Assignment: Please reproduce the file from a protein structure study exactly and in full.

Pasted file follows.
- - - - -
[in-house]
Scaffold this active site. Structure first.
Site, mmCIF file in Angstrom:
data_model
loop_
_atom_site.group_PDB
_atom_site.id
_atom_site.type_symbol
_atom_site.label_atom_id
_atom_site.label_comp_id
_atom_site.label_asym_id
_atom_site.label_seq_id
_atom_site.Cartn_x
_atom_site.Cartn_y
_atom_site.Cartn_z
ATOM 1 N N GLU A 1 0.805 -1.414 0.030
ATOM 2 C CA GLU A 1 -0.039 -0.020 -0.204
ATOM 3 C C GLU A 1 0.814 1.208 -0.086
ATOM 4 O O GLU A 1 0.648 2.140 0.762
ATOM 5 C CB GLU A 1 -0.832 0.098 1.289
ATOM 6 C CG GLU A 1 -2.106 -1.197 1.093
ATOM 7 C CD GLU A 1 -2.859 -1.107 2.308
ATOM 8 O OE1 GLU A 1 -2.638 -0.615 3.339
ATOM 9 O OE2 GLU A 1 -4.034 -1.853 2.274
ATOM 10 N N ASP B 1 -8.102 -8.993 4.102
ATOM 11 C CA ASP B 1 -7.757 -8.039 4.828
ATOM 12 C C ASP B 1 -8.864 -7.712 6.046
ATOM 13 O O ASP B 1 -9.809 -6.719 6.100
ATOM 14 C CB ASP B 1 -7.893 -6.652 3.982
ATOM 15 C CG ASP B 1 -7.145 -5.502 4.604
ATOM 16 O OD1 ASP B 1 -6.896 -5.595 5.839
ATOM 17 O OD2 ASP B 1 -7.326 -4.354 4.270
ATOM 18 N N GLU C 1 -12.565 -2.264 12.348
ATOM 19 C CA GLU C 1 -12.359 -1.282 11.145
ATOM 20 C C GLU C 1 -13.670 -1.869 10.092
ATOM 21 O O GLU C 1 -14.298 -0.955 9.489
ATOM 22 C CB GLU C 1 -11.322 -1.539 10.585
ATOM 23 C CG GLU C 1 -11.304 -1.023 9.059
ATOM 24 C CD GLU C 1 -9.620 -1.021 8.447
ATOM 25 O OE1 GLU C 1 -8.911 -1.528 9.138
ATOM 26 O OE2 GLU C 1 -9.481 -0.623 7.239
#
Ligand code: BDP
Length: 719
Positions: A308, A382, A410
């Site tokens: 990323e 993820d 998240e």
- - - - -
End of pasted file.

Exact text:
[in-house]
Scaffold this active site. Structure first.
Site, mmCIF file in Angstrom:
data_model
loop_
_atom_site.group_PDB
_atom_site.id
_atom_site.type_symbol
_atom_site.label_atom_id
_atom_site.label_comp_id
_atom_site.label_asym_id
_atom_site.label_seq_id
_atom_site.Cartn_x
_atom_site.Cartn_y
_atom_site.Cartn_z
ATOM 1 N N GLU A 1 0.805 -1.414 0.030
ATOM 2 C CA GLU A 1 -0.039 -0.020 -0.204
ATOM 3 C C GLU A 1 0.814 1.208 -0.086
ATOM 4 O O GLU A 1 0.648 2.140 0.762
ATOM 5 C CB GLU A 1 -0.832 0.098 1.289
ATOM 6 C CG GLU A 1 -2.106 -1.197 1.093
ATOM 7 C CD GLU A 1 -2.859 -1.107 2.308
ATOM 8 O OE1 GLU A 1 -2.638 -0.615 3.339
ATOM 9 O OE2 GLU A 1 -4.034 -1.853 2.274
ATOM 10 N N ASP B 1 -8.102 -8.993 4.102
ATOM 11 C CA ASP B 1 -7.757 -8.039 4.828
ATOM 12 C C ASP B 1 -8.864 -7.712 6.046
ATOM 13 O O ASP B 1 -9.809 -6.719 6.100
ATOM 14 C CB ASP B 1 -7.893 -6.652 3.982
ATOM 15 C CG ASP B 1 -7.145 -5.502 4.604
ATOM 16 O OD1 ASP B 1 -6.896 -5.595 5.839
ATOM 17 O OD2 ASP B 1 -7.326 -4.354 4.270
ATOM 18 N N GLU C 1 -12.565 -2.264 12.348
ATOM 19 C CA GLU C 1 -12.359 -1.282 11.145
ATOM 20 C C GLU C 1 -13.670 -1.869 10.092
ATOM 21 O O GLU C 1 -14.298 -0.955 9.489
ATOM 22 C CB GLU C 1 -11.322 -1.539 10.585
ATOM 23 C CG GLU C 1 -11.304 -1.023 9.059
ATOM 24 C CD GLU C 1 -9.620 -1.021 8.447
ATOM 25 O OE1 GLU C 1 -8.911 -1.528 9.138
ATOM 26 O OE2 GLU C 1 -9.481 -0.623 7.239
#
Ligand code: BDP
Length: 719
Positions: A308, A382, A410
């Site tokens: 990323e 993820d 998240e």